Raven Creates the World

This time of year I am usually on a plane headed for the Pacific Northwest. For various reasons, we weren't able to make our usual work/vacation trek out west. It's strange how my body and mind seem to know that I am supposed to be there right now. It knows I am supposed to be listening for ravens and looking for orcas. I love flora and fauna of the Pacific Northwest so much that I get a little wacky when I can't be around it at least once a year. Hopefully, the next time I go it will be with my daughter. I have fantasies about taking the ferry from Anacortes to the San Jauns with her and my husband, and pointing out orcas, dolphins and harbor seals to her. Taking hikes on Orcas while telling Isabel that the croaking call that she hears echoing throughout the hills and towering stands of cedar is that of the raven, and then explaining that the raven created the world and is a bit of a trickster.


  1. When we lived in northern coastal British Columbia the ravens used to fly up to the ridge pole of our house. Early in the morning. They would have rocks in their beaks. They would drop the rocks and the rocks would roll down the roof and BANG hit the rain gutters. If they were going for extra points they would try and get the rock to go down the rain spout and roll out into the yard. Made an especially long clanging and banging.

  2. That's quite an early morning wake up call! Nutty corvids...

  3. I completely understand. I am from a spot near Vancouver but I've been living in Montreal for a few years and I get terrible bouts of homesickness. I plan to move back eventually but in the meantime I do have to soak up as much as I can during visits. Your raven is lovely : )

  4. I love this! I seem to recall telling you my raven story from when I worked on Mt. Rainier. Maybe not. Anyway, the Raven Creates the World tale has a lot of meaning to me.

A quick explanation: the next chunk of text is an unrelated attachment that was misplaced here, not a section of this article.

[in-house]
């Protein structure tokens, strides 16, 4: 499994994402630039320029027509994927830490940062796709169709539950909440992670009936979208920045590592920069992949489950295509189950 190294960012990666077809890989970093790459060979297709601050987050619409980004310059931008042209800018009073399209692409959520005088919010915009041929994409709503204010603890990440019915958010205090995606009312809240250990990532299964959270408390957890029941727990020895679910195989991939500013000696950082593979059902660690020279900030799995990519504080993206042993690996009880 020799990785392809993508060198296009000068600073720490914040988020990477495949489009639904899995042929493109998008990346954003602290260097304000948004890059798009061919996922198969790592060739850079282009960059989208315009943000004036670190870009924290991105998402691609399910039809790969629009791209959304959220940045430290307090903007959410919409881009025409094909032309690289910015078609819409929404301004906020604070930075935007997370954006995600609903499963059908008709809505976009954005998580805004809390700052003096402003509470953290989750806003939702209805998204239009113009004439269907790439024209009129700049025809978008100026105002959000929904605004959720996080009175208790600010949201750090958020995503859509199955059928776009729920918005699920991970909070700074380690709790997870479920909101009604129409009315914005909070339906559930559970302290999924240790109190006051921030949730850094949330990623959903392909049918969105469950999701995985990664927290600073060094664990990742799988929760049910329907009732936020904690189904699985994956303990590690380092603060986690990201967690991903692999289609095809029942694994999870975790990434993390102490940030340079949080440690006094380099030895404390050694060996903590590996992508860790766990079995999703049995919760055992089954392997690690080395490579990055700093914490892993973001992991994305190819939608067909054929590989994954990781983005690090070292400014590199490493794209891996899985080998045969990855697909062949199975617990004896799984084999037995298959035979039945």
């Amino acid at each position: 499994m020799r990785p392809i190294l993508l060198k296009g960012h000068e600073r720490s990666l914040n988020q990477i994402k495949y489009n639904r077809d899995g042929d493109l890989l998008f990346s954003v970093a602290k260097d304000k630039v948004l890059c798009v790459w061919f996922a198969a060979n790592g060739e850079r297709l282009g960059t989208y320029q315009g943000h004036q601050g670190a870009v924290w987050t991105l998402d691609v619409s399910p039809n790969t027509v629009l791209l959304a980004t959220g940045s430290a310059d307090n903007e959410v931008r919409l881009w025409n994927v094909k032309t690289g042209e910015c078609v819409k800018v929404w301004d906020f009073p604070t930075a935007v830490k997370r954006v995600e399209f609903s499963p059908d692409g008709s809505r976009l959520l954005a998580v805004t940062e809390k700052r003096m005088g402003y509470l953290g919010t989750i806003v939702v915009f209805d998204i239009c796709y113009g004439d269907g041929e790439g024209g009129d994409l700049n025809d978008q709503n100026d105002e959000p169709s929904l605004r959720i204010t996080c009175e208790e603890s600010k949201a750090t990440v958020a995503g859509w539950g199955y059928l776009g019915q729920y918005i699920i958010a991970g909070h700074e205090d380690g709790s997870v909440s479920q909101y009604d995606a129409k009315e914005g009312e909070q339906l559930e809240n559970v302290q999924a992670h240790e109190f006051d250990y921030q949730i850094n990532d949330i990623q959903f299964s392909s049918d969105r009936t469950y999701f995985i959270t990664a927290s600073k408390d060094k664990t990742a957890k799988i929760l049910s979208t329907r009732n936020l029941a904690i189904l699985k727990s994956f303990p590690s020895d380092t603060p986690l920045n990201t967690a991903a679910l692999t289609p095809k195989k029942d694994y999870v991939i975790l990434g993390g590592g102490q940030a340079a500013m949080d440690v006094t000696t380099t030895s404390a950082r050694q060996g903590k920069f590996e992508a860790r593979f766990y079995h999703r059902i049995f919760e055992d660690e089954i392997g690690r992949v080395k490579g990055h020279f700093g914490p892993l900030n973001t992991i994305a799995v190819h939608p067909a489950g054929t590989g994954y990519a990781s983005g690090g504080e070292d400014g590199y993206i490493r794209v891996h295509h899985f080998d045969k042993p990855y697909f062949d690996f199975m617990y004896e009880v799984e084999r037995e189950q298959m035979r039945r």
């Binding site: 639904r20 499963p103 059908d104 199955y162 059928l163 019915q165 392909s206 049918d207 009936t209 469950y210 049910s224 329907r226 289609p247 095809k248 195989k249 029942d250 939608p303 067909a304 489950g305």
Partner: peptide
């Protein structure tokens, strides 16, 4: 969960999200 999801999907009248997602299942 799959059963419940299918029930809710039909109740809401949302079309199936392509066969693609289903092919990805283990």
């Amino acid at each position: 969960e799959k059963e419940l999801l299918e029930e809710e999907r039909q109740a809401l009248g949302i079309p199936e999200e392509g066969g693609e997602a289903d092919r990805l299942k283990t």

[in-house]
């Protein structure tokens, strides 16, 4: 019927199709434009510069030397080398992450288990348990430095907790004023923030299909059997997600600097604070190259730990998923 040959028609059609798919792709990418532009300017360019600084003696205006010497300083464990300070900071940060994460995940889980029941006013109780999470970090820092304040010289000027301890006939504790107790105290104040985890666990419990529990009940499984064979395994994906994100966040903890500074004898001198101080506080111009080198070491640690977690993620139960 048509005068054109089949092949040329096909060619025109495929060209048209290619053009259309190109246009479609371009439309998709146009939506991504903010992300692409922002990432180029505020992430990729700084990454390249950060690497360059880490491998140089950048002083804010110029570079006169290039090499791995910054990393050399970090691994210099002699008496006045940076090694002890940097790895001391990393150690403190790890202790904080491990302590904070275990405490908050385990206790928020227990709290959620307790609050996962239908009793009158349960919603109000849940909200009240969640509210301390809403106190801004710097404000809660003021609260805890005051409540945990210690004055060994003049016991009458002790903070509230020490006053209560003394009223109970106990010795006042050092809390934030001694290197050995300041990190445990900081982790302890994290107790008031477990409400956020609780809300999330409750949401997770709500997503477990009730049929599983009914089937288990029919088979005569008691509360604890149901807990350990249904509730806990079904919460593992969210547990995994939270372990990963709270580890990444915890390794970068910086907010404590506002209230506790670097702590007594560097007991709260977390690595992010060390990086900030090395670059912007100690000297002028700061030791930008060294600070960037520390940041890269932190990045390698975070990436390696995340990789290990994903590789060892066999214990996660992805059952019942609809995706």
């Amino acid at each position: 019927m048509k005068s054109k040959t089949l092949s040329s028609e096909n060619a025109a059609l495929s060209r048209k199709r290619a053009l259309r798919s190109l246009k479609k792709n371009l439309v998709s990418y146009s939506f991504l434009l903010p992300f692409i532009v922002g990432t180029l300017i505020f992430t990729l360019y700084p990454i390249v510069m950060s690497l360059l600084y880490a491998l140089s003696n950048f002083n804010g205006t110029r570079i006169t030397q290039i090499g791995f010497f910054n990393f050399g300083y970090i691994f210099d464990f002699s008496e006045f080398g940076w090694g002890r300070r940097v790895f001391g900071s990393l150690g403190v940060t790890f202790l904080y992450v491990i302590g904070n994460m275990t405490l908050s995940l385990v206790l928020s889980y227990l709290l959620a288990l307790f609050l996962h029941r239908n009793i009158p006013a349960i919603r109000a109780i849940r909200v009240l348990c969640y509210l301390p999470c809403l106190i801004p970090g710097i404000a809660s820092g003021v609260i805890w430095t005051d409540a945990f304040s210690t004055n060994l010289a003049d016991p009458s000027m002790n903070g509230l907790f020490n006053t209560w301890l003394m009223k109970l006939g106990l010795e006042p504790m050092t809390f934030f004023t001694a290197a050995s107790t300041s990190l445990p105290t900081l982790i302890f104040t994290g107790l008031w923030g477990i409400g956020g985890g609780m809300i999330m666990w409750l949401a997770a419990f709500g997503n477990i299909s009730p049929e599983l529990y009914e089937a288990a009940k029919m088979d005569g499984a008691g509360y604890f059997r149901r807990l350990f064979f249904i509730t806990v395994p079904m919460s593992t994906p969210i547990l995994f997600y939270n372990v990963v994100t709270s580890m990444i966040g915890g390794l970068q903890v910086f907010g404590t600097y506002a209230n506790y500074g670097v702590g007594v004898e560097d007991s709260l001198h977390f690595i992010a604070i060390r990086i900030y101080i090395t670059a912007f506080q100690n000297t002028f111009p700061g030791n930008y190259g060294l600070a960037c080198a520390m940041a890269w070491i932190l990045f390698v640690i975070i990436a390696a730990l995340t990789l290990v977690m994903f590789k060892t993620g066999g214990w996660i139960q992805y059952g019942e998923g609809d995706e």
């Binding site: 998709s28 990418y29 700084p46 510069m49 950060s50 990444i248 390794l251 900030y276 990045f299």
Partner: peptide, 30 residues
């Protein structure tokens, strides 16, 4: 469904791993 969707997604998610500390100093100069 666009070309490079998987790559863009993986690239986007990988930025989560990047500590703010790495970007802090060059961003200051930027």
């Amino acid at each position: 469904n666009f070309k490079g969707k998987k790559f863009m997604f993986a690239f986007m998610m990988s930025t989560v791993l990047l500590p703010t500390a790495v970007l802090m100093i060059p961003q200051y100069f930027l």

Have you ever seen Gary Houston's Raven Steals the Sun print? It's fantastic!

  5. And for more corvid trickster fun read this little tale from Merrymeeting Audubon's newsletter (sorry for the length)

    I usually feed a local crow family with bread scraps. Last summer a friend donated a rock hard loaf of French bread.
    Deciding it was beyond any crow’s gastronomic reach, I put it on the edge of the field next to the ocean. Looking out
    about half an hour later, I noticed that a large Herring Gull had landed and was leaning over toward the French bread.
    Two crows, unnoticed by the Gull, were slowly approaching from behind. Each time the gull leaned forward toward the
    bread, one of the crows would also lean forward and tweak its tail. When the startled gull turned around, both crows ap-
    peared to be absently gazing skyward, almost as if they had their wings in their pockets. After repeating this sequence a
    few times, the disconcerted Herring Gull gave up on the bread and flew off. The crows quickly moved in and together
    polished off the loaf.

  6. Beautiful post Diana and wonderful illustration! I know exactly how you must feel about the Pacific Northwest! I'm so sorry you can't be there this year. Your daughter is going to have lots of wonderful years ahead to discover this magical area with you herself!

  7. Thank you! Yes, I know I have some good times with Isabel up ahead.

    Psychlops: I do recall your raven story! It was amazing. And I have read about behavior of the sort exhibited by the crows with the gull, but never heard any specific story like that. Impish monkey birds!


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